So I didn’t get my pb, I didn’t feel I ran with the grace of a gazelle, but yes, for most of the race I can say I enjoyed it: I ran around without too much discomfort or mental torture. The crowds who supported all along the route were incredible, especially considering this was great weather for running in, but it was not great to stand around cheering people on- grey drizzle in the most part. As my friend said who was there cheering like a loon both times I went past, ‘ You’ve just got to do it’ on being a supporter and standing for hours in the cold & wet. She did confide in me that she is likely to be tempted to put herself through it again on the other side of the barriers next year as a runner, which frankly is awesome as she doesn’t seem to escape injury when she runs the Half.
I was lucky enough to benefit from Melissa‘s VIP entry which allowed her to take two guests with her for pre race food and drink, post race hot food, plus bag check, parking, showers, real loos….well worth it I’d say. (Read Melissa’s race review here - now she did get a pb!)
Here we are the night before! It was so great to meet my sewing & running hero in real life!
(Yes that is a foam roller behind us!)
And here we are pre-race.
We are both wearing an item of Melissa’s Fehr Trade running clothes: Me – my leopard xyt top (you can’t see it underneath, sadly) & Melissa, her Rainbow PB Jam leggings. I’m also wearing a top made using Maria Denmark’s Olivia tee pattern. My leggings are Sweaty Betty & never have I seen anyone else wearing them until I was in the medal queue at the end, & there were two of us wearing bright floral legs. Funny that.) And of course, running bows.
So, remembering that I am continually challenged by running, not being a natural, this year’s personal lessons:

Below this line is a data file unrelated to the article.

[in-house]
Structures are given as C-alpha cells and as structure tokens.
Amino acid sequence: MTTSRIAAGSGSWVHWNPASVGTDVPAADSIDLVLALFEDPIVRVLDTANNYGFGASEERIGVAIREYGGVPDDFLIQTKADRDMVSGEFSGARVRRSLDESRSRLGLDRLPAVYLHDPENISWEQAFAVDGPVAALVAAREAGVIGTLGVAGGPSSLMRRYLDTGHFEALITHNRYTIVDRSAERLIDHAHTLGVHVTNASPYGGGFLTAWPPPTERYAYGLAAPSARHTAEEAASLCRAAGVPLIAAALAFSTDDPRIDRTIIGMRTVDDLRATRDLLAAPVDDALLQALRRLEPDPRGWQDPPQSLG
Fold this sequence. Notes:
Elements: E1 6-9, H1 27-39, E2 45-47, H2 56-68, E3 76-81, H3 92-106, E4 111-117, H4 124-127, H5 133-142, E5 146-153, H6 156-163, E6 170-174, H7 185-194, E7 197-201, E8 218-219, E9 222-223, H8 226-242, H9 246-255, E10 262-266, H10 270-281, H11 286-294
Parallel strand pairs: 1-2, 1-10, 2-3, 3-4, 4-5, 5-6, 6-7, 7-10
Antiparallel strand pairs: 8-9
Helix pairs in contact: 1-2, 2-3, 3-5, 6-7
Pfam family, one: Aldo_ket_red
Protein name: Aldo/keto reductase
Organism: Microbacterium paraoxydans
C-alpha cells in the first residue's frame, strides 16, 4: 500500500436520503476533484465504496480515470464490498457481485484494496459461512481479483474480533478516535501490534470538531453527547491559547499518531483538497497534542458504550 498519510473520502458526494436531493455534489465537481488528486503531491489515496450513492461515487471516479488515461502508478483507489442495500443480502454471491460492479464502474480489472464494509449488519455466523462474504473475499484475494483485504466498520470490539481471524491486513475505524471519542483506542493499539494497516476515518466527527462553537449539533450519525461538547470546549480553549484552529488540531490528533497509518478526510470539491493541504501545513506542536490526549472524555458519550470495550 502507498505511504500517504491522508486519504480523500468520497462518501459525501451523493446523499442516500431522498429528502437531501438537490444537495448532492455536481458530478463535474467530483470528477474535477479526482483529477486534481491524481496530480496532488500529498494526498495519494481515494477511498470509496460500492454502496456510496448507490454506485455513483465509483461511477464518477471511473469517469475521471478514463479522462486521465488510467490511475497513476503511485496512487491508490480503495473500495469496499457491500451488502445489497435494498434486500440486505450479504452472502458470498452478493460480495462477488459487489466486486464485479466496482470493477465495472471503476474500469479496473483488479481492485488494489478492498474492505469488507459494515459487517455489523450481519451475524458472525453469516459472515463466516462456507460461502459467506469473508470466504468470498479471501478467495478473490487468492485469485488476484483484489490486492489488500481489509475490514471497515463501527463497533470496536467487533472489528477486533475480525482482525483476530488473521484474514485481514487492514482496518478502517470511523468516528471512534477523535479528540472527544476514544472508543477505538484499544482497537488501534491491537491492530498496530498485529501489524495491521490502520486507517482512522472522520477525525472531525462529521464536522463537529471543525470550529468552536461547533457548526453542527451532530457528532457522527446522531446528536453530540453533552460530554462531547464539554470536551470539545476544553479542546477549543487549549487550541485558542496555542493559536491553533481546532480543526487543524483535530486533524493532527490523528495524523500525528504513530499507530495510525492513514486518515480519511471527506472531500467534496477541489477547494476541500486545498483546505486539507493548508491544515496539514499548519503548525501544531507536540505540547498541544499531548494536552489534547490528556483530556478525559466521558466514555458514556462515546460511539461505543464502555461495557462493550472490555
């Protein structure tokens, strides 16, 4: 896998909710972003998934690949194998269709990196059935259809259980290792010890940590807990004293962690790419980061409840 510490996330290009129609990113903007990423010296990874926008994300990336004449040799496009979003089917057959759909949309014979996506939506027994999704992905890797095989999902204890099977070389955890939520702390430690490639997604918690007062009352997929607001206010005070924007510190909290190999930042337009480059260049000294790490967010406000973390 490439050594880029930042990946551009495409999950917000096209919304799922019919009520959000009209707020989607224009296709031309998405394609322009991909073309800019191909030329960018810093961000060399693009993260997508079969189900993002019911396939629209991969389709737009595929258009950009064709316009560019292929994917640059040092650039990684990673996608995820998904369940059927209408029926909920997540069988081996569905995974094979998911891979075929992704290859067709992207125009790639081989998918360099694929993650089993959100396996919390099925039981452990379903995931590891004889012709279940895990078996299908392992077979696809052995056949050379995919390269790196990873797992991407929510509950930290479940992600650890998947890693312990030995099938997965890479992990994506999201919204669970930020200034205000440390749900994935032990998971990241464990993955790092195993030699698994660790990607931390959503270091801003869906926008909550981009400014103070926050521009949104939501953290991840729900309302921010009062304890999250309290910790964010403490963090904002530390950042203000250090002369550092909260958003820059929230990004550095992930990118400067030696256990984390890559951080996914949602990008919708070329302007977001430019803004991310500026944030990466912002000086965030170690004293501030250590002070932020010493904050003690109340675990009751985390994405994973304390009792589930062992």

- If you’re the kind of person that does enjoy running, when your training loses the fun, have a look at why and see how important this is to you and whether you need to change anything.
- It’s ok to change your race goal when you realise that your training hasn’t gone to plan.
- Race goals don’t have to be about your finish time.
- Yes it is possible to eat too much cheese on a ski holiday and to still feel as if you are carrying it around with you weeks after.
- And an obvious one – Just because you like running in the rain, it doesn’t mean that only having rain to train in is fun.
- I like the Bath Half route. I’ve had a love-hate relationship with it but finally I can say that after 5 times I have warmed to it. I expect I shall be running next year – although I wish it was slightly later in March – it feels so close to Christmas in terms of training.
SO looking ahead…I shall be aiming to train better over the summer for the Great North Run. I shall put the right kind of effort in to run better & stronger. I shall include hills & speedwork in my training (even though I don’t like it!) Because surely even a crappy summer is going to be more pleasant to train in than the wet dark & grey winter we’ve been stuck with this year? And for me, running is all about being outdoors.